Tags: Monomyth, Sloan, Superfriendz, Teenage Fanclub, The Weather Prophets, Thrush Hermit, Velvet Underground
With climate change you gotta wonder if there some Laurel Canyons blooming with succulents and bougainvillea up there in the formerly great whit north. For record number two Halifax, Nova Scotia’s Monomyth swap out their rhythm section, keep the psychedelic pop hooks and come up sporting their best paisley. The songwriting duo of Seamus Dalton and Josh Saltzer continue to split the vocal duties and their admiration of local heroes like Sloan, Superfriendz and Thrush Hermit while adding from Teenage Fanclub harmonies and the erudite pop sensibilities of the Weather Prophets.
Happy Pop Family is a wonderful tour de force and one of the best pure pop records of the year. The cool and beautiful Palpitations features a pristine melody interrupted by grungy heart attack chords. Aloha with its airy Teenage Fanclub harmony that kicks off the record isn’t even the best song here. That honor goes to the infinitely catchy Re:lease life (Place 2 Go) which plays like a travel log and has an off the cuff feel to it that reminds me of the Go-Betweens’ Darlinghurst Nights. Did I overdo it there? No, it’s that good!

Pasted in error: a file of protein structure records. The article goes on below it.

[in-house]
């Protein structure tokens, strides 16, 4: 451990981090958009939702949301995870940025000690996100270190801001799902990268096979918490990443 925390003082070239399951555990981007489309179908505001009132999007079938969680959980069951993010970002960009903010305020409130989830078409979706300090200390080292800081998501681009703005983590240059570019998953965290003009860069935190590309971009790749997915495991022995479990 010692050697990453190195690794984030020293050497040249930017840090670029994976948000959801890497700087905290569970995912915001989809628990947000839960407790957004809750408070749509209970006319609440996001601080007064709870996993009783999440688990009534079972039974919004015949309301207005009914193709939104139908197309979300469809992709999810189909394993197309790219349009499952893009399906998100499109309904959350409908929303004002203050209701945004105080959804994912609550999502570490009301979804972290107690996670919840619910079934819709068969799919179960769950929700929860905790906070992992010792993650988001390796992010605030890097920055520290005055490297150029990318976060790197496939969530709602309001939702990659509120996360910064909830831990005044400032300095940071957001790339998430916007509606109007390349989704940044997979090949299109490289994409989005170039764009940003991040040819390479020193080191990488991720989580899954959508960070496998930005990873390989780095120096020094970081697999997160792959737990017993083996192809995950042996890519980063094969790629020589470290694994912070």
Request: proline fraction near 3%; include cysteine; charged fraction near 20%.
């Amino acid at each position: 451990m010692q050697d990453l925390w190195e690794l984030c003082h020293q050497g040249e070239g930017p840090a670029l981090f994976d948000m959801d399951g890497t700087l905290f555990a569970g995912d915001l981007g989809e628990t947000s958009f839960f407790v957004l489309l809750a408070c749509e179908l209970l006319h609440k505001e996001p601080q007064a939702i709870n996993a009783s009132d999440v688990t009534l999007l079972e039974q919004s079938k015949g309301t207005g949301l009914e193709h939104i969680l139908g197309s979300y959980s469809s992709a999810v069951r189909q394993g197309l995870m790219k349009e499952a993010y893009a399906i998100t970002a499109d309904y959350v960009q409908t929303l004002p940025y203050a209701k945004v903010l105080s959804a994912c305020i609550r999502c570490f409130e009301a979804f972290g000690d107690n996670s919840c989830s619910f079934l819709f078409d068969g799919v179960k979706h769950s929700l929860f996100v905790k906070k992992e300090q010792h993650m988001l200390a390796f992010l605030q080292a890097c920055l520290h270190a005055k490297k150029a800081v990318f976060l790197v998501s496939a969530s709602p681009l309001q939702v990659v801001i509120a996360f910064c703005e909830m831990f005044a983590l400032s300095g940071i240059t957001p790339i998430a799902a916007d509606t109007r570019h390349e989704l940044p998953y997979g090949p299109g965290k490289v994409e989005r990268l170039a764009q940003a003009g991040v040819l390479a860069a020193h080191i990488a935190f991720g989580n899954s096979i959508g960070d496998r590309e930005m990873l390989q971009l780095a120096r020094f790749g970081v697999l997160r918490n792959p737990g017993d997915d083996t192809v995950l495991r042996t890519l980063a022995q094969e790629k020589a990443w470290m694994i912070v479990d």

Tags: Mint Records, Monomyth, Sloan, Superfriendz, The Church, The Dentists, The Dylans, The Sneetches, Thrush Hermit, Ultravivid Scene
When you think of bands from Halifax, Nova Scotia, if you don’t draw a blank, then you probably think of the 90’s grunge era bands like Sloan, Superfriendz and Thrush Hermit. You probably don’t think of jangly neo-psychedelic music and you most certainly wouldn’t think of bands like the Church, the Dylans, the Dentists, the Sneetches or Ultra Vivid Scene. Well, Monomyth are here to re-put Halifax on the map and change any previous ideas about what goes on up in the Canadian Maritime provinces.
The band have just released their debut album Saturnalia Regalia! on Mint records. It’s an accomplished record with great some great song featuring lush harmonies. The band features three songwriters in Seamus Dalton, Josh Salter, and Graeme Stewart, but they have a similar aesthetic and high quality which keeps the album engaging and interesting. Since this record arrived in the mail last week it’s been on constant rotation. Its bright songs and nods to obscure psychedelic bands without sounding too obvious make this one a keeper.